Brief Article
Copyright ©2013 Baishideng Publishing Group Co.
World J Gastroenterol. Aug 7, 2013; 19(29): 4774-4780
Published online Aug 7, 2013. doi: 10.3748/wjg.v19.i29.4774
Figure 1
Figure 1 Sagittal section of the proximal stomach. A: To obtain the section, a probe is placed longitudinally under the left subcostal margin and tilted cranially in the long axial direction of proximal stomach (PS) to show the top of gastric fundus, in which left renal sinus (LRS), left liver (LL), and pancreatic tail (PT) are simultaneously displayed; B: Proximal gastric area (PGA) is measured by means of outlining along the echogenic mucosa surface of PS in the distance between the echoic inner surface of the fundus top down to 7 cm level (between cursors).
Figure 2
Figure 2 Maximal transverse section of the proximal stomach. A: After acquiring the previous sagittal section, the probe is rotated about 90° to show the maximal transverse diameter (dotted line with double arrow), in which the left diaphragm (LD) and left liver (LL) are simultaneously depicted; B: In measuring maximal proximal gastric diameter, the cursors are placed on the echogenic mucosal surfaces of the lesser and greater curvatures. LL and the arrow indicate left liver and left diaphragm, respectively. PS: Proximal stomach.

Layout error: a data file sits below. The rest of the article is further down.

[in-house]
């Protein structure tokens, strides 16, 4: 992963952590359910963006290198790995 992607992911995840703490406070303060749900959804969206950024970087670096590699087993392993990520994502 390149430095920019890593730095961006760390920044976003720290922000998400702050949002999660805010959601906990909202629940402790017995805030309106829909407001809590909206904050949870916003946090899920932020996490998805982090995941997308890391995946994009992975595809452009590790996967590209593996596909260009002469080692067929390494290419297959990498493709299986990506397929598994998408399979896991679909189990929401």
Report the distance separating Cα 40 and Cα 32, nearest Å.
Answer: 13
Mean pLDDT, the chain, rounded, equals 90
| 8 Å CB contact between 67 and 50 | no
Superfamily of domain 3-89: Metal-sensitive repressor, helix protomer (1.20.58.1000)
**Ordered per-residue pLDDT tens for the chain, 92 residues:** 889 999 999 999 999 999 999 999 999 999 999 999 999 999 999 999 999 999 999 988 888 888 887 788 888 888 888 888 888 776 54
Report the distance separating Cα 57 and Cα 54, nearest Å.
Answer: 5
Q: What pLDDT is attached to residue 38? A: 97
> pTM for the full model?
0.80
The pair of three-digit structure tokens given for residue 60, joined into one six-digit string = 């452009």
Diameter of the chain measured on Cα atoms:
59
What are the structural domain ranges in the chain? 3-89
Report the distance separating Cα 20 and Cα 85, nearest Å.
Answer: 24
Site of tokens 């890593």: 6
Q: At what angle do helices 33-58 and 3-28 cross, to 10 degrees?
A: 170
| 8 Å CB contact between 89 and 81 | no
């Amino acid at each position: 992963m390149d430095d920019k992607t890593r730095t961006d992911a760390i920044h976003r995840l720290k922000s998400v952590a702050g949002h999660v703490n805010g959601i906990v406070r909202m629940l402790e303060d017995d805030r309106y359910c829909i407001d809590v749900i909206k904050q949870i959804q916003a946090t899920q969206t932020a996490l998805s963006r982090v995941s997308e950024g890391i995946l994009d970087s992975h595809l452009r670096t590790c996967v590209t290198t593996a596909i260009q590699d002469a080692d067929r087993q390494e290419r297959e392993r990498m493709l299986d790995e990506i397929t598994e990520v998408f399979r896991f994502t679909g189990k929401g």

Figure 3
Figure 3 Three-dimensional ultrasound applied for measuring proximal gastric volume. The volume is measured similarly from the top inner margin of the fundus to 7 cm level inferiorly along the long axis of proximal stomach; six sections of the block from six 30° rotations are separately outlined along the echoic interface in the upper left view. A reconstructive volume is displayed in the lower right view.